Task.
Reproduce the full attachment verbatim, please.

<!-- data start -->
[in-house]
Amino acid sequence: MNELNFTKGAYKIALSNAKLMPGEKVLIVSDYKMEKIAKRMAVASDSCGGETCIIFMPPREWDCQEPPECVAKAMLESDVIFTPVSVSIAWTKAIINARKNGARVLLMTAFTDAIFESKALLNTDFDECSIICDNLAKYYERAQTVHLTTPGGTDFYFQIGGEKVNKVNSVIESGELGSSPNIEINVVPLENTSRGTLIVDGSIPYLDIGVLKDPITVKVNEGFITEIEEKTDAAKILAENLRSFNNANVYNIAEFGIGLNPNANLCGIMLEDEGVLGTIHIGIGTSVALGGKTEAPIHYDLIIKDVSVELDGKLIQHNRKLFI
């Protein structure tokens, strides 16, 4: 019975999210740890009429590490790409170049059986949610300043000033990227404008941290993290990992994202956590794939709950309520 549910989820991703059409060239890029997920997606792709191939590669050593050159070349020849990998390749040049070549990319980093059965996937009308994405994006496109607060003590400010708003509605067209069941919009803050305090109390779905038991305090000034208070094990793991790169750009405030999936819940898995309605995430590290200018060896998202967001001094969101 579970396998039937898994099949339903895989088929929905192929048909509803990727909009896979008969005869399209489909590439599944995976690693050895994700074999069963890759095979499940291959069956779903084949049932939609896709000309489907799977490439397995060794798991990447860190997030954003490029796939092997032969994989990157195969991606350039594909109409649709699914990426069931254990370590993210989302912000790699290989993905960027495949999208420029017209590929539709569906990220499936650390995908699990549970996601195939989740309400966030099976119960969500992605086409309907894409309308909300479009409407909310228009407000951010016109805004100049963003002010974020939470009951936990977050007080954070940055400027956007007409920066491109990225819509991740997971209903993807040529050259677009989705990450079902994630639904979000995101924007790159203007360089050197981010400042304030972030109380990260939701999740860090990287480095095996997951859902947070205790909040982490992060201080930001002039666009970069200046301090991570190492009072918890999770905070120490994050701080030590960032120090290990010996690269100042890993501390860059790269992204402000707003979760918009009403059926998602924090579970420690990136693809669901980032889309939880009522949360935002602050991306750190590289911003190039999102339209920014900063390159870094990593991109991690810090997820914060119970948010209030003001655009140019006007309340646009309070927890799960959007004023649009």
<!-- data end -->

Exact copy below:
[in-house]
Amino acid sequence: MNELNFTKGAYKIALSNAKLMPGEKVLIVSDYKMEKIAKRMAVASDSCGGETCIIFMPPREWDCQEPPECVAKAMLESDVIFTPVSVSIAWTKAIINARKNGARVLLMTAFTDAIFESKALLNTDFDECSIICDNLAKYYERAQTVHLTTPGGTDFYFQIGGEKVNKVNSVIESGELGSSPNIEINVVPLENTSRGTLIVDGSIPYLDIGVLKDPITVKVNEGFITEIEEKTDAAKILAENLRSFNNANVYNIAEFGIGLNPNANLCGIMLEDEGVLGTIHIGIGTSVALGGKTEAPIHYDLIIKDVSVELDGKLIQHNRKLFI
């Protein structure tokens, strides 16, 4: 019975999210740890009429590490790409170049059986949610300043000033990227404008941290993290990992994202956590794939709950309520 549910989820991703059409060239890029997920997606792709191939590669050593050159070349020849990998390749040049070549990319980093059965996937009308994405994006496109607060003590400010708003509605067209069941919009803050305090109390779905038991305090000034208070094990793991790169750009405030999936819940898995309605995430590290200018060896998202967001001094969101 579970396998039937898994099949339903895989088929929905192929048909509803990727909009896979008969005869399209489909590439599944995976690693050895994700074999069963890759095979499940291959069956779903084949049932939609896709000309489907799977490439397995060794798991990447860190997030954003490029796939092997032969994989990157195969991606350039594909109409649709699914990426069931254990370590993210989302912000790699290989993905960027495949999208420029017209590929539709569906990220499936650390995908699990549970996601195939989740309400966030099976119960969500992605086409309907894409309308909300479009409407909310228009407000951010016109805004100049963003002010974020939470009951936990977050007080954070940055400027956007007409920066491109990225819509991740997971209903993807040529050259677009989705990450079902994630639904979000995101924007790159203007360089050197981010400042304030972030109380990260939701999740860090990287480095095996997951859902947070205790909040982490992060201080930001002039666009970069200046301090991570190492009072918890999770905070120490994050701080030590960032120090290990010996690269100042890993501390860059790269992204402000707003979760918009009403059926998602924090579970420690990136693809669901980032889309939880009522949360935002602050991306750190590289911003190039999102339209920014900063390159870094990593991109991690810090997820914060119970948010209030003001655009140019006007309340646009309070927890799960959007004023649009």